The exhibition will not only rely on the Flickr community for content, but will also depend upon the activity of the site’s users for the organization and editing of what is anticipated to be thousands of images from the age-old genre of self-portraiture. Whether the image is taken by a professional photographer overseas or by an amateur experimenting with a camera phone in New York City, each image posted on Flickr and “tagged” as a self-portrait will automatically be filtered and directed into the exhibition. The Pace/MacGill Flickr interface, created by SVA’s Jeremy Chien and Stephen Jablonsky and programmed by Kelvin Luck, allows users to vote for favorites, track the most viewed image, and create categories. Sorting options or subcategories (self portrait “with mirror” or at “beach,” for example) within the virtual exhibition will enable further definition and refinement.
The work in the exhibition will perpetually expand with the proliferation of users until the popularity of each category aids in its editing. As more images are collected and more users are interacting with the site to make selections, the work will become more discerning and interesting. One can choose the role they wish to assume: curator, artist, etcetera. With every click of the mouse, viewers become participants; the interactive community defines the exhibition. The hope is that the final result will be a 50 print exhibition of images chosen by the community.
Well exciting indeed!
Flickr has an algorithm called interesting-ness, today I made pg 37 with this image, but it's almost like a kiss of death really, I mean how can a machine be taught to judge beauty and merit of an image? From what I can tell it requires a certain number of visits and comments as well as favouriting to make this part of the site, with less than 20 views and a mere 2 comments and 1 favourite, what the hell is going on?
[Edit] Well less than 24 hours later and it seems to have disappeared! It's a very fluid thing this algorithm, but meh whatever!
Well maybe it is possible to treat one's digital wok in a similar manner to analogue, perhaps I just need to learn some more patience in dealing with my digital files.
Just spent the day flicking through my archives using iView. Found some gems and will over the coming days upload them to flickr.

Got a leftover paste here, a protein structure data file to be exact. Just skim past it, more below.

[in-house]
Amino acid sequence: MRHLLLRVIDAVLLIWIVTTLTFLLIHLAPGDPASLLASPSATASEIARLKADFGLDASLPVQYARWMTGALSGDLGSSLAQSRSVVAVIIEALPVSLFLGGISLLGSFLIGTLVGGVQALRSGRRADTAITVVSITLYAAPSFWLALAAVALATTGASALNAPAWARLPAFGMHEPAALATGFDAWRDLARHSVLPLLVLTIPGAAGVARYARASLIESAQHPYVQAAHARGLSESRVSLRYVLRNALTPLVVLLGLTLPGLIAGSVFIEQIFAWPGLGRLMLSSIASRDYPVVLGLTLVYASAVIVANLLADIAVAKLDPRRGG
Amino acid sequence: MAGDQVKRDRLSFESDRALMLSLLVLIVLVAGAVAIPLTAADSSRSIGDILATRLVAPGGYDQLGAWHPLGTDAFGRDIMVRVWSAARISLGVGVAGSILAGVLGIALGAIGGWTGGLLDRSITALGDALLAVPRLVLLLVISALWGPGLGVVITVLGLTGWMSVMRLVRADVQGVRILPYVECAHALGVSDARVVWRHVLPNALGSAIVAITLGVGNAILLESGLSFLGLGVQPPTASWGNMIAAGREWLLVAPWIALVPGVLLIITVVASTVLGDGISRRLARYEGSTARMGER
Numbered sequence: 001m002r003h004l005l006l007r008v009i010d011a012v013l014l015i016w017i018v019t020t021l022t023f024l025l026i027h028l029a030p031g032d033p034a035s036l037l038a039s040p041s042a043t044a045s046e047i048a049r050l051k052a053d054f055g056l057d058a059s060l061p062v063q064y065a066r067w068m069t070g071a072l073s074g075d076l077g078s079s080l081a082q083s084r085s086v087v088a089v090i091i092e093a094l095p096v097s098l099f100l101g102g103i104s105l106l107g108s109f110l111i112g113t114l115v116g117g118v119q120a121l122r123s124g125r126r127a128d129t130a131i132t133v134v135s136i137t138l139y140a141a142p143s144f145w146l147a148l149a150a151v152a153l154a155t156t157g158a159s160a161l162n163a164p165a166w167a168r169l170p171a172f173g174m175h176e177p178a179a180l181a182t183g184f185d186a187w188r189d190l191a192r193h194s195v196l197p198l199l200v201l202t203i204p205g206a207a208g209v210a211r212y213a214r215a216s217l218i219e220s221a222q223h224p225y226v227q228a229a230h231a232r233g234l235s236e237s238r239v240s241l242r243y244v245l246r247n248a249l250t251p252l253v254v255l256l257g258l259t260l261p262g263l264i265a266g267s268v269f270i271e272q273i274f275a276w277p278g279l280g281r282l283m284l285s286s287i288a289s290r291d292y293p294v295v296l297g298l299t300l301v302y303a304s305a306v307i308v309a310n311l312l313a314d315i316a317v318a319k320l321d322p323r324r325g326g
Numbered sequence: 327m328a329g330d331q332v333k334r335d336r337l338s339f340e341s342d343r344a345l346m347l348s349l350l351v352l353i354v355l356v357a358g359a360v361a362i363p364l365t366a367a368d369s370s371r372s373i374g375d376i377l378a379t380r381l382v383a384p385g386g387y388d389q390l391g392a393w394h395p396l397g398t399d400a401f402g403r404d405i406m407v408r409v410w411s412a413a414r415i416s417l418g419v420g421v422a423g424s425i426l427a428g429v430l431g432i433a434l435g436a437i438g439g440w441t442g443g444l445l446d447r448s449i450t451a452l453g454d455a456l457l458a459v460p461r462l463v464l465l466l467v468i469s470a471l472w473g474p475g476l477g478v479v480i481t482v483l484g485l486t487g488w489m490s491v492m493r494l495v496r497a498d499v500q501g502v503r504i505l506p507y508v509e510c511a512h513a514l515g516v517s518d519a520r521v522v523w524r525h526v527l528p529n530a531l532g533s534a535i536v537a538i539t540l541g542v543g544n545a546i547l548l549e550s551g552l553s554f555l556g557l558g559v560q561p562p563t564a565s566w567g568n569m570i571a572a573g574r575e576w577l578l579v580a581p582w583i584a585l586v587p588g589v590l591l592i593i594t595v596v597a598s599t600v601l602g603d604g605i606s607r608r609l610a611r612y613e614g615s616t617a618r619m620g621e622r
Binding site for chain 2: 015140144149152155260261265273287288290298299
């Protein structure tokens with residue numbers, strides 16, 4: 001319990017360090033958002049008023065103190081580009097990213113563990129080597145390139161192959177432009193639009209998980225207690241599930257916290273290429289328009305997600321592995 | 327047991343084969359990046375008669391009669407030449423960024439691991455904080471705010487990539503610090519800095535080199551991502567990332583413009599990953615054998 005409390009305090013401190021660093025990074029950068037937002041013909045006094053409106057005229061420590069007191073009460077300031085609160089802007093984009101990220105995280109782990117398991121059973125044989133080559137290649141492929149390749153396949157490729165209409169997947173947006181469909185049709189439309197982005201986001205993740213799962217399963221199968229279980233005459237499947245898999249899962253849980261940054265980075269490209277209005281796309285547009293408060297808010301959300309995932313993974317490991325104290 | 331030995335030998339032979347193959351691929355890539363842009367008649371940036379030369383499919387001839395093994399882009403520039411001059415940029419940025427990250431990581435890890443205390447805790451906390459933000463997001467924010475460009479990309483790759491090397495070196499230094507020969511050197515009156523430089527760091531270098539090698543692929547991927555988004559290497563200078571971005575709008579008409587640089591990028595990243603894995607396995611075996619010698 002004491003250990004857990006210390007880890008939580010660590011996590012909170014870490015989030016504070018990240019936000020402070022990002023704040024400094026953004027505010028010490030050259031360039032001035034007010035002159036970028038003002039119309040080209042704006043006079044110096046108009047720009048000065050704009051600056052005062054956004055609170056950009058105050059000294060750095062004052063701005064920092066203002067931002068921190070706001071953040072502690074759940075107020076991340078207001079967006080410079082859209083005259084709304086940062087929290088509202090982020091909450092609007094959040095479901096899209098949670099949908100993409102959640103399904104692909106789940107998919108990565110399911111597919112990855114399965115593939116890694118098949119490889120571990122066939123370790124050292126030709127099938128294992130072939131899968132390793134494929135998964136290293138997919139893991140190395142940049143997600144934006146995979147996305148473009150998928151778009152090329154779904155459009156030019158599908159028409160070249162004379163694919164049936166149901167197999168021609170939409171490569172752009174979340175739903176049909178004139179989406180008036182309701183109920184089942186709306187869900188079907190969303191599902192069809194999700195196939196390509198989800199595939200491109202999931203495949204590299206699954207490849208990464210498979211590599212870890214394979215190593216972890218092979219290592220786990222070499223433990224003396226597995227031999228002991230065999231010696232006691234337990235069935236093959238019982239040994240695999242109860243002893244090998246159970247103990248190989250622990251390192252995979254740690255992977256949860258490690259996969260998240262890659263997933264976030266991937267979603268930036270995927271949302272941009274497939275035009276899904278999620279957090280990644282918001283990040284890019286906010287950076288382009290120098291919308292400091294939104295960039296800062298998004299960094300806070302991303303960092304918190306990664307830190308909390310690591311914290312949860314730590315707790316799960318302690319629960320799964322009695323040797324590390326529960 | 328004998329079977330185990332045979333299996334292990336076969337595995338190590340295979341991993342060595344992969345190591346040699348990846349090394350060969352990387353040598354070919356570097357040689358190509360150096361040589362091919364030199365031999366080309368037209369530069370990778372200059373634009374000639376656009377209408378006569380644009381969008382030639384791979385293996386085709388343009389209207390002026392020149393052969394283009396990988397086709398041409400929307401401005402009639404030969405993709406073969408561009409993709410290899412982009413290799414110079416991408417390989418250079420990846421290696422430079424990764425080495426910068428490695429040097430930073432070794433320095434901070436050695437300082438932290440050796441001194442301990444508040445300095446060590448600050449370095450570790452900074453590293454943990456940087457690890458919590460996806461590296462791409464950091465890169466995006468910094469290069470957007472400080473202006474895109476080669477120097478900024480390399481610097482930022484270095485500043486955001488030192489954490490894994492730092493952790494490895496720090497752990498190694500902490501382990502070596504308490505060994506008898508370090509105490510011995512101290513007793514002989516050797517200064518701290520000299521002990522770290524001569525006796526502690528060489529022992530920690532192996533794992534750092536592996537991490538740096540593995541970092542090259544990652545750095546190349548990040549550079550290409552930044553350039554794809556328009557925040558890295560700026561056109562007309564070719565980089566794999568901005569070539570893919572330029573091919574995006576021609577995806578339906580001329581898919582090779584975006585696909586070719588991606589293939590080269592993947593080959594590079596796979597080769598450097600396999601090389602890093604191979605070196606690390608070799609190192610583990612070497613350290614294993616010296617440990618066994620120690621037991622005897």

iView, is a freeware app that used come with Roxio Toast. It helps you keep track of your images, by allowing you store facsimilies of your images on other drives or external storage devices.
I use it in my workflow to create a file of the contents of a CD as I burn it. Then some time down the track when either I'm looking for a specific image or just browsing for images I open the file of a given date and browse the contents of the file, if I find something I think I want to use, I match the CD to the file and load it up and away I go. You can even open it from the iView interface into any app I choose to add to the list of available applications.
Digging deep into the archives on flickr now!
This was taken with what, was then, a fairly reasonable camera sometime in the late 90's, hasn't camera technology moved along a long way since then? My wife's current camera about 1/2 the physical size of the one that took this image cost 1/2 the price of the Kodak DC260 and produces twice the file size. Back then I enjoyed using this camera but never was quite sure what I was going to use it for, as the images were quite small, too small for print, anyway, well large prints. And in those days broadband was a dream for most Australians, and flickr was just a pipe dream. Multimedia was one way I was thinking of using these, 13000 plus images, but coding up 13000 plus pages of html didn't really grab me. So Images from my Kodak DC260 sit here on CD roms awaiting some use.
Well here we are more than 5 years later, and I am shooting even more digital images now, big enough for small prints, and broadband enables me to share this work with the world.
Thanks to all those folks on flickr who make it a great place to hang and look and talk photography.